Sex Worker Privacy: Strippers Have Personal Lives, Too

Strippers and sex workers have personal lives and need privacy, too.

Do you enjoy your privacy? Cool, I do, too. Actually, I think most everyone does. And by everyone, I’m including sex workers and strippers because, you know, they are hard-working people with personal lives outside of work.

A few months ago, XOJane posted an article that detailed one very misguided and foolish man’s crusade to save sex workers and nude dancers via prayers… and their personal information.

Ha. Ah, hahahaha. Sorry, the mere insanity of this strange fellow’s request distracted me. Let me back up…

So, there’s this guy, David Allen Van Fleet, an engineer, who resides in Tacoma, Washington. Van Fleet, or as I’ll refer to him form this point on — Van Creep — says that:

all he wants to do is bring on a little godliness in Washington State, but for that, he needs the information kept on file at country clerks’ offices, courtesy of the requirement that adult entertainers register and receive a license.”

Hmmm. Problematic, much?

Luckily, in this case, Van Creep wasn’t permitted access to the information. But the real problem here is that Washington actually requires nude dancers to have a license to “practice” in the state. The fee is $75 a year and puts their personal lives at risk.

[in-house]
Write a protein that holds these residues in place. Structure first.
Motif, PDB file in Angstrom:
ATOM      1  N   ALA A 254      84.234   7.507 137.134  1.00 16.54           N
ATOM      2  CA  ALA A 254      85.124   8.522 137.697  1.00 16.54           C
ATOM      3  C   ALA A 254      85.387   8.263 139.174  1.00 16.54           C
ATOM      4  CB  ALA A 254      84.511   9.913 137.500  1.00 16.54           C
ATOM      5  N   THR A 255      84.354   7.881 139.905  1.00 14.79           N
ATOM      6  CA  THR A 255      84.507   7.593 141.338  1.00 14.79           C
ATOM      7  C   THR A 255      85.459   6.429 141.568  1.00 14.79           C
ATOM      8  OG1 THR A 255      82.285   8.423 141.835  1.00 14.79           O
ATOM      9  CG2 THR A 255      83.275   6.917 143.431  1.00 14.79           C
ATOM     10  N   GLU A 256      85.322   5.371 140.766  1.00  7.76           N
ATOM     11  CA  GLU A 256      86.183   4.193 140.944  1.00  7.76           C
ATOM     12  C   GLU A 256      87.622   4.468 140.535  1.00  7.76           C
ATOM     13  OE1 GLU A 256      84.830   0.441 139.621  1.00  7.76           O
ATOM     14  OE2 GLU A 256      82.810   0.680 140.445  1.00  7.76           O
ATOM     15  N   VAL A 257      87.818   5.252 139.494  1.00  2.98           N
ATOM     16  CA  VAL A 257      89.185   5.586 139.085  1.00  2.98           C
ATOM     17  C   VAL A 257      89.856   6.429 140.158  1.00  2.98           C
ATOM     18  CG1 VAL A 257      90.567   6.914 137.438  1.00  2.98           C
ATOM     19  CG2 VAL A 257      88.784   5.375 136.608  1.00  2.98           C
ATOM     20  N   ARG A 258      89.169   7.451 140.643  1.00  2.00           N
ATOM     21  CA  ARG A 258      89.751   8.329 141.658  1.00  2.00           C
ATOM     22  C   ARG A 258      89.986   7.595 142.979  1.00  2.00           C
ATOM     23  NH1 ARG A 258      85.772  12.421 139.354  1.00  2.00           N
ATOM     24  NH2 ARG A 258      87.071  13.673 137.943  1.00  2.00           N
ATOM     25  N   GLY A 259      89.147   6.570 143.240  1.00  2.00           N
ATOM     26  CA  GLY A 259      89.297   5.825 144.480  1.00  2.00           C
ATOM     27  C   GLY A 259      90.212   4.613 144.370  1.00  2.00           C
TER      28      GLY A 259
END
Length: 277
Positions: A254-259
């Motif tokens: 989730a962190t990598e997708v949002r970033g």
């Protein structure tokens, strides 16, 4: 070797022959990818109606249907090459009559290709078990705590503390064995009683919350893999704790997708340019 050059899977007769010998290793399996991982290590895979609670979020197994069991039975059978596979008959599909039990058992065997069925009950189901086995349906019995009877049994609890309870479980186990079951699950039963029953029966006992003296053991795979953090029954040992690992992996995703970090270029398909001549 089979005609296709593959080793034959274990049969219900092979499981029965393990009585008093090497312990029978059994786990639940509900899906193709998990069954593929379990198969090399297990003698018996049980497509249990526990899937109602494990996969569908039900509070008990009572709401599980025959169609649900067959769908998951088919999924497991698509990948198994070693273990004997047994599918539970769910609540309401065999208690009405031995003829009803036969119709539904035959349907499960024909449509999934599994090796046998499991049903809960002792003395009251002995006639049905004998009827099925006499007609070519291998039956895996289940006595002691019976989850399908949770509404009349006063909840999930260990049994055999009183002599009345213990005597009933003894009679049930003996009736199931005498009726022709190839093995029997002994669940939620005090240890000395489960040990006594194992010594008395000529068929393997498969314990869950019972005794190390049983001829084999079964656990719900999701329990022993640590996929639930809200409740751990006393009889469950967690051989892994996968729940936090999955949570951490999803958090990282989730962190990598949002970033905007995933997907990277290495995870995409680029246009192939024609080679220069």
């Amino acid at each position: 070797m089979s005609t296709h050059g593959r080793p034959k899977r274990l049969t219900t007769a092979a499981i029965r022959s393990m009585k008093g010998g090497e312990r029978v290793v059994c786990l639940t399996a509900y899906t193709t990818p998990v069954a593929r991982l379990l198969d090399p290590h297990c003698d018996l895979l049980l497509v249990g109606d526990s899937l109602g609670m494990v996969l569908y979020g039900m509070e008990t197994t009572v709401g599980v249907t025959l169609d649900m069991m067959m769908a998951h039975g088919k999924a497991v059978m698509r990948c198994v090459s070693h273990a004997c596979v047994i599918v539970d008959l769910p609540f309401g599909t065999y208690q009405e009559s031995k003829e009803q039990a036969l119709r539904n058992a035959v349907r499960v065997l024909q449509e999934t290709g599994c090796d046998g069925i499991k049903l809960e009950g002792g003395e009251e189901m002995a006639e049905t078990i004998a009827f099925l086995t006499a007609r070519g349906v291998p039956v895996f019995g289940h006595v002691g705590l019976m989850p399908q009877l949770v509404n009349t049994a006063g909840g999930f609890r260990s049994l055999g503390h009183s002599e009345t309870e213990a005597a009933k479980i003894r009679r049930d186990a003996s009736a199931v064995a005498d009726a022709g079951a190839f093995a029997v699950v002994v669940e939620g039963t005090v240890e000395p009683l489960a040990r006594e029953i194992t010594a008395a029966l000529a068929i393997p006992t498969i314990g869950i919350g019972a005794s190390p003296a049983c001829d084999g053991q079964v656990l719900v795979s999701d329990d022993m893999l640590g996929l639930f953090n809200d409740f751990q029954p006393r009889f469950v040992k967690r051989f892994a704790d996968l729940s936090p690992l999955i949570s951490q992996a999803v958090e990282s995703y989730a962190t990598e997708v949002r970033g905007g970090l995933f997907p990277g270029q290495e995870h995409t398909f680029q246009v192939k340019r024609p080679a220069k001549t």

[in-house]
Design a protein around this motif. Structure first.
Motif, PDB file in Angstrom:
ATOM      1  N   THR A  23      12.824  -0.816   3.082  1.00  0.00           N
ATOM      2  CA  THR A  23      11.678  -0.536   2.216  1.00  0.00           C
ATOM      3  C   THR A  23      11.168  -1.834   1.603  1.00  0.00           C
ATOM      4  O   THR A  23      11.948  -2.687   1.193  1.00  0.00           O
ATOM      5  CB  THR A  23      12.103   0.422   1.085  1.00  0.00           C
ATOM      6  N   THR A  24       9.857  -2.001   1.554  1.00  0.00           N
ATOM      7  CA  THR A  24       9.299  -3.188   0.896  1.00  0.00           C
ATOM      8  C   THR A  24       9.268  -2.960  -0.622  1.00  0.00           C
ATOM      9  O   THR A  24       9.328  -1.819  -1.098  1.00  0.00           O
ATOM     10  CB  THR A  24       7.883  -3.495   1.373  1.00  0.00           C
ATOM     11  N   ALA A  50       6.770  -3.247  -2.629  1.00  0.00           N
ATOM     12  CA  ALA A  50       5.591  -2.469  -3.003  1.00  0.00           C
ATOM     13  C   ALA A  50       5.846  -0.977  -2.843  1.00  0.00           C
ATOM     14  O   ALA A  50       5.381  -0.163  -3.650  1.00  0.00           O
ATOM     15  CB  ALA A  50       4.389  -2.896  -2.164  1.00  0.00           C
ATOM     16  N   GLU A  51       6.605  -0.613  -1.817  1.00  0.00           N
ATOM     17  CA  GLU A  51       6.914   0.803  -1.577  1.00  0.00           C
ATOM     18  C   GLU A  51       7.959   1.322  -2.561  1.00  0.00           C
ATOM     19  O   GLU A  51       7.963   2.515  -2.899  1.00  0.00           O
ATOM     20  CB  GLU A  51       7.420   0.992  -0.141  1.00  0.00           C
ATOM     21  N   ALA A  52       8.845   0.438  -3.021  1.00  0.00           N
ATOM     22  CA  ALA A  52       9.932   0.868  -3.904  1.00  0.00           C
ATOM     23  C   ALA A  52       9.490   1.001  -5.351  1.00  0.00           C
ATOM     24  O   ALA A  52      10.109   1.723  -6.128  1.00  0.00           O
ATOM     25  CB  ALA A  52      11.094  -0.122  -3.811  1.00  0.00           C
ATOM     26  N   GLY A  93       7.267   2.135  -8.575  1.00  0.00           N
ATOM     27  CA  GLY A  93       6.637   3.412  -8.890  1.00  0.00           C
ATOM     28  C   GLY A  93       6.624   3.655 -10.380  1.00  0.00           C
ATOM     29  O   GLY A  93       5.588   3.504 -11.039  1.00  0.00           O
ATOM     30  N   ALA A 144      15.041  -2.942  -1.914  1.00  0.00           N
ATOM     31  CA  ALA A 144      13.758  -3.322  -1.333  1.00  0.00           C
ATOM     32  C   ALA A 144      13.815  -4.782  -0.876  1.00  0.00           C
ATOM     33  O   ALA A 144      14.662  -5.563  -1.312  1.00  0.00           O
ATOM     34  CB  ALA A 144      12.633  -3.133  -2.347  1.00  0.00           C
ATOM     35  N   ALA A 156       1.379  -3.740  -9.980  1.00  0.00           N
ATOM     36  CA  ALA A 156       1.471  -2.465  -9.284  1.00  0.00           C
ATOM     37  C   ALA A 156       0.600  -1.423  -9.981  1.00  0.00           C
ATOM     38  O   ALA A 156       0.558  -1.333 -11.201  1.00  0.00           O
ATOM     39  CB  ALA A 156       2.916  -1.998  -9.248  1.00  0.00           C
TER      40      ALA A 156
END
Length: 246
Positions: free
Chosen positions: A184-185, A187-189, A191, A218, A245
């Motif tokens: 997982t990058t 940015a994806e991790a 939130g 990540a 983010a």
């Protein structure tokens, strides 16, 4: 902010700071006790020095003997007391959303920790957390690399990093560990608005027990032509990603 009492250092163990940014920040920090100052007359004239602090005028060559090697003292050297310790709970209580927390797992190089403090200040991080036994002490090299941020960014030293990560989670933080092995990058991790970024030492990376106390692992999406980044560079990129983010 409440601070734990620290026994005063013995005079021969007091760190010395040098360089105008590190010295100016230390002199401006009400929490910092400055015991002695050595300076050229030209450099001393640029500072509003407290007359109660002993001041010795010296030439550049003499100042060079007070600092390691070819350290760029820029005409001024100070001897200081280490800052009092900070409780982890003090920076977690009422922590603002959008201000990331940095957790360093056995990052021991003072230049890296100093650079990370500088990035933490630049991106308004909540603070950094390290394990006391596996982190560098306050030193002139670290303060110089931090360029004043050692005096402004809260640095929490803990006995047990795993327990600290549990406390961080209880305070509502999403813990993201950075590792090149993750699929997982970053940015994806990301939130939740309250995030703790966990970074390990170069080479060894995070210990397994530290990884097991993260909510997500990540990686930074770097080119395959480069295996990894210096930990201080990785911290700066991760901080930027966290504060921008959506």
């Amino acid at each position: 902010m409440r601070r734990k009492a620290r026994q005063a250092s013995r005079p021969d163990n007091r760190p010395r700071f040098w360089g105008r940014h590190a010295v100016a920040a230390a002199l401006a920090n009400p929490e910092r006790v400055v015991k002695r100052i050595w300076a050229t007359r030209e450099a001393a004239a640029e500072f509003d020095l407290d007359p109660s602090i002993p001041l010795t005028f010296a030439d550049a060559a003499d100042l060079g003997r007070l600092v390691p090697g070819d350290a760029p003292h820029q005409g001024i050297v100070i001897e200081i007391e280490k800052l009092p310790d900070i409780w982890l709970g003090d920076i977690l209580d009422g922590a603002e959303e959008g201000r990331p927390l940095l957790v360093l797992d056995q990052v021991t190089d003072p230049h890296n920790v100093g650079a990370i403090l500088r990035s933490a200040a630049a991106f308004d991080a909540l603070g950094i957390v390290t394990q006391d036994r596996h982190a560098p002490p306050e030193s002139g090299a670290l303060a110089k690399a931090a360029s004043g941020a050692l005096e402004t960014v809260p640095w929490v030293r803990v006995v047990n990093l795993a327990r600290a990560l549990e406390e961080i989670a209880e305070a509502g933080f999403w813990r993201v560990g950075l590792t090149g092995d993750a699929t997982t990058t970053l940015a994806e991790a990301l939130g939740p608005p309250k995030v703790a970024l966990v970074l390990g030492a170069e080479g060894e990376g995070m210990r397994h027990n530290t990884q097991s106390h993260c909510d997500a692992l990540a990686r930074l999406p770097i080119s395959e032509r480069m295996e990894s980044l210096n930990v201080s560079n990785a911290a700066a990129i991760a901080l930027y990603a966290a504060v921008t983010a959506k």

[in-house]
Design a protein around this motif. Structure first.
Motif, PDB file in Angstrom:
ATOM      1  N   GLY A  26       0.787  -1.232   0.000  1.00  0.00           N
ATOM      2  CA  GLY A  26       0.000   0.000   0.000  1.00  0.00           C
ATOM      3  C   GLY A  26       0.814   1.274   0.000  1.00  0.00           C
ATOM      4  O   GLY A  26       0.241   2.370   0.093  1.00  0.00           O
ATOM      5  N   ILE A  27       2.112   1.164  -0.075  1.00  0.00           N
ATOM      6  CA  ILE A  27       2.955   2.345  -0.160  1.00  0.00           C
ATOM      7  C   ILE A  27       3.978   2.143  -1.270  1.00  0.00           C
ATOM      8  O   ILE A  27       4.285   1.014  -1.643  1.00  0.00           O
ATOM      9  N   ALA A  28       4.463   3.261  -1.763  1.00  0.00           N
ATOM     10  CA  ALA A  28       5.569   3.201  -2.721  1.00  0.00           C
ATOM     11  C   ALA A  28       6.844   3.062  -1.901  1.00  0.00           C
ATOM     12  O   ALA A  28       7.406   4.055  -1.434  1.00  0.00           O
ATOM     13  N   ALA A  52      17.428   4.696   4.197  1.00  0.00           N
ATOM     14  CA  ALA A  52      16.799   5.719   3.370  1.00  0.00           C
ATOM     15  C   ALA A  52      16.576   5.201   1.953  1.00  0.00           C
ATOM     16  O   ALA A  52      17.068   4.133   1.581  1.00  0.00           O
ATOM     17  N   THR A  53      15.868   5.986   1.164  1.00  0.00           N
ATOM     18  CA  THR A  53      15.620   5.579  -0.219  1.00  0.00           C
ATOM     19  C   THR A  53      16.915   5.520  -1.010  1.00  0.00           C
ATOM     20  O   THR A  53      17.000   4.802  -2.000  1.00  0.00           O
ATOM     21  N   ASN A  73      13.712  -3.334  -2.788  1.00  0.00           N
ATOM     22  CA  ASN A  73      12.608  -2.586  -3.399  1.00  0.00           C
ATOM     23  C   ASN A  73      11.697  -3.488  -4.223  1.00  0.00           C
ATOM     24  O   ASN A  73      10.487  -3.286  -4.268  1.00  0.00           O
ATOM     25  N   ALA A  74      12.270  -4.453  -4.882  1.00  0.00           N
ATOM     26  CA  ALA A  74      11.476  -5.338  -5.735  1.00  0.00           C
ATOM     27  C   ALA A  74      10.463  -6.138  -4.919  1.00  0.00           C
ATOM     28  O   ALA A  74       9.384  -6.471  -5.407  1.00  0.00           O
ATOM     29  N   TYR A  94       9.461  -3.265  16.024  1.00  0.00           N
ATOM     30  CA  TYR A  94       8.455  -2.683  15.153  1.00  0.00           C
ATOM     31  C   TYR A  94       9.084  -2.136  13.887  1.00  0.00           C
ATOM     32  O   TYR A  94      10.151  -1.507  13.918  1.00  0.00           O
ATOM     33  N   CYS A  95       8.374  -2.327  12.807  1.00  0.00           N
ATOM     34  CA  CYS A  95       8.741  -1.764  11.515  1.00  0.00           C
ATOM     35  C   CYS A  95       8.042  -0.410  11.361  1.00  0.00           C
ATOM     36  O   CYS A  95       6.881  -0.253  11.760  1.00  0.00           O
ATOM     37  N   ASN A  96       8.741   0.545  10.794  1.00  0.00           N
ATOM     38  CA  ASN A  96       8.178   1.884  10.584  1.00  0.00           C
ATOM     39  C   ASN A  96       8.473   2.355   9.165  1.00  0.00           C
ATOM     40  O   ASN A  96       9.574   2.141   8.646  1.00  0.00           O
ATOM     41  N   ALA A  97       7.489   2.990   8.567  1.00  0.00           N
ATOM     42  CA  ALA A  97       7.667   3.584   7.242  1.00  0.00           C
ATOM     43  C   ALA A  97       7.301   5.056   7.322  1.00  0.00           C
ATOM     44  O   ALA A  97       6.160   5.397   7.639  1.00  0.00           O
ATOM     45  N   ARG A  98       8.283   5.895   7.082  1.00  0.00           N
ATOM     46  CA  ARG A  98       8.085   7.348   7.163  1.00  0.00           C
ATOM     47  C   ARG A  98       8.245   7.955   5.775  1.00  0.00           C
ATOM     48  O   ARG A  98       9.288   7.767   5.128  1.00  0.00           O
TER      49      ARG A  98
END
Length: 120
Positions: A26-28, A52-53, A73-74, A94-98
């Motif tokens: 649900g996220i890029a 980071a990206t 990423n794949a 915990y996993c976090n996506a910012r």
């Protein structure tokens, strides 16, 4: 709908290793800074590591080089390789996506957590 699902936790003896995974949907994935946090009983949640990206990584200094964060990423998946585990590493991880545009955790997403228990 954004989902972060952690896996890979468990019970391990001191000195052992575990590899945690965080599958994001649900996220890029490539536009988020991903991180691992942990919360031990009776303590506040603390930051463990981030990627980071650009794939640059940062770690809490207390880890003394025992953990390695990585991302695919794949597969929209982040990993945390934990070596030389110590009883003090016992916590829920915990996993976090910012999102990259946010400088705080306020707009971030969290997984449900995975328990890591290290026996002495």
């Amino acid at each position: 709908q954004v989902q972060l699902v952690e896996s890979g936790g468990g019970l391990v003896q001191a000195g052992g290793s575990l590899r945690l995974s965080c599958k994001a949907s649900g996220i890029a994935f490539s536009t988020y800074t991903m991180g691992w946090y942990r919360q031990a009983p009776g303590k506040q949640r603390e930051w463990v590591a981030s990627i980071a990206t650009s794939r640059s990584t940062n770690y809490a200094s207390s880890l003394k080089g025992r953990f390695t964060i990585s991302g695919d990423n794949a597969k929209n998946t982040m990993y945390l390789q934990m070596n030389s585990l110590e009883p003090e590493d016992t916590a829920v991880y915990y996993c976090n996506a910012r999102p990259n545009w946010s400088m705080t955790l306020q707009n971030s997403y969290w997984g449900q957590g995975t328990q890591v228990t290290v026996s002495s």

Asking sex workers and strippers to register for licenses is not only bonkers, but it’s dangerous. This database contains these workers’ personal information, which includes their “legal names, birth dates, addresses, and contact information.” Anyone can get this information because of the Freedom of Information Act request, which requires clerks “to turn information over unless a court injunction prohibits it.”

While people with common sense understand that nude dancers and sex workers want to keep their information and personal lives private, other not-so-balanced people just don’t get it. In fact, some news publications assume that sex workers are peeved about the license (and their private information becoming public information) because they are embarrassed or ashamed of their work.


Nude dancers and sex workers don’t want to be tracked because it puts them and their families as risk. It’s common sense.

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Image: Alexis

Abbie Stutzer

Writer, editor, and owner of Ginchy!, a freelance writing and editing company, and home funeral hub. Adores smart sex ed, sustainable ag, spooky history, women's health, feminism, horror, wine, and sci-fi.